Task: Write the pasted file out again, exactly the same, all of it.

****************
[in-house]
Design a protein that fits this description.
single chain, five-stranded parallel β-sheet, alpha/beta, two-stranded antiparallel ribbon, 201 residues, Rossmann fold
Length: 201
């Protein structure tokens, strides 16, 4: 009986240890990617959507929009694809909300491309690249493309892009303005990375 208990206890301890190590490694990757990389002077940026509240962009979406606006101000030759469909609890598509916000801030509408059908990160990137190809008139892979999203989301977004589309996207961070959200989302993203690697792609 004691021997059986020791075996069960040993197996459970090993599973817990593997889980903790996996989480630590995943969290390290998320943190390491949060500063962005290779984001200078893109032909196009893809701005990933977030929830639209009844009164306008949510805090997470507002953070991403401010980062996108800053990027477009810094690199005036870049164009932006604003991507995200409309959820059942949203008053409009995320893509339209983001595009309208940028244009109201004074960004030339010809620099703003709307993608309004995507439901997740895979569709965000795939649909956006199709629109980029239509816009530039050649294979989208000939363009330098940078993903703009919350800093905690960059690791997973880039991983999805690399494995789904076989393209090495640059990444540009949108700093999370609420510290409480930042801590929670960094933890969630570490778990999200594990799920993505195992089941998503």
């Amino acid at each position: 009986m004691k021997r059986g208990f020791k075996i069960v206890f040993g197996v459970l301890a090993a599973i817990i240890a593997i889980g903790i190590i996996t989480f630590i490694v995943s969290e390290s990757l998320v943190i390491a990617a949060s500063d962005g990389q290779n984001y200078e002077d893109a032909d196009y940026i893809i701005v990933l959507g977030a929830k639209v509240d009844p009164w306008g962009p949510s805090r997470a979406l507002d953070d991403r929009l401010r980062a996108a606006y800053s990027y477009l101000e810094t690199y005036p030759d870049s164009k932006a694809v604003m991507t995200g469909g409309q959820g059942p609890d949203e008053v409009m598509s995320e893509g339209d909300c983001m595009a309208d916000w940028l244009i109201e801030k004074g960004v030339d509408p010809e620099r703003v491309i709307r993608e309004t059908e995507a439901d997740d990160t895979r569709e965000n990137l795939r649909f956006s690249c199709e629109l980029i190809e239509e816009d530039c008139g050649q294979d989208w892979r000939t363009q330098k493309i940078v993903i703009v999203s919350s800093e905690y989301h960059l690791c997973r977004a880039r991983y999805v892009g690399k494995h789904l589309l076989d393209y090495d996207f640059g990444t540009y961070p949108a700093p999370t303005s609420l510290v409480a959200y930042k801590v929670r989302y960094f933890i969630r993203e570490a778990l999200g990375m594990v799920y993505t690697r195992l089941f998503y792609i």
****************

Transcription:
[in-house]
Design a protein that fits this description.
single chain, five-stranded parallel β-sheet, alpha/beta, two-stranded antiparallel ribbon, 201 residues, Rossmann fold
Length: 201
């Protein structure tokens, strides 16, 4: 009986240890990617959507929009694809909300491309690249493309892009303005990375 208990206890301890190590490694990757990389002077940026509240962009979406606006101000030759469909609890598509916000801030509408059908990160990137190809008139892979999203989301977004589309996207961070959200989302993203690697792609 004691021997059986020791075996069960040993197996459970090993599973817990593997889980903790996996989480630590995943969290390290998320943190390491949060500063962005290779984001200078893109032909196009893809701005990933977030929830639209009844009164306008949510805090997470507002953070991403401010980062996108800053990027477009810094690199005036870049164009932006604003991507995200409309959820059942949203008053409009995320893509339209983001595009309208940028244009109201004074960004030339010809620099703003709307993608309004995507439901997740895979569709965000795939649909956006199709629109980029239509816009530039050649294979989208000939363009330098940078993903703009919350800093905690960059690791997973880039991983999805690399494995789904076989393209090495640059990444540009949108700093999370609420510290409480930042801590929670960094933890969630570490778990999200594990799920993505195992089941998503």
């Amino acid at each position: 009986m004691k021997r059986g208990f020791k075996i069960v206890f040993g197996v459970l301890a090993a599973i817990i240890a593997i889980g903790i190590i996996t989480f630590i490694v995943s969290e390290s990757l998320v943190i390491a990617a949060s500063d962005g990389q290779n984001y200078e002077d893109a032909d196009y940026i893809i701005v990933l959507g977030a929830k639209v509240d009844p009164w306008g962009p949510s805090r997470a979406l507002d953070d991403r929009l401010r980062a996108a606006y800053s990027y477009l101000e810094t690199y005036p030759d870049s164009k932006a694809v604003m991507t995200g469909g409309q959820g059942p609890d949203e008053v409009m598509s995320e893509g339209d909300c983001m595009a309208d916000w940028l244009i109201e801030k004074g960004v030339d509408p010809e620099r703003v491309i709307r993608e309004t059908e995507a439901d997740d990160t895979r569709e965000n990137l795939r649909f956006s690249c199709e629109l980029i190809e239509e816009d530039c008139g050649q294979d989208w892979r000939t363009q330098k493309i940078v993903i703009v999203s919350s800093e905690y989301h960059l690791c997973r977004a880039r991983y999805v892009g690399k494995h789904l589309l076989d393209y090495d996207f640059g990444t540009y961070p949108a700093p999370t303005s609420l510290v409480a959200y930042k801590v929670r989302y960094f933890i969630r993203e570490a778990l999200g990375m594990v799920y993505t690697r195992l089941f998503y792609i």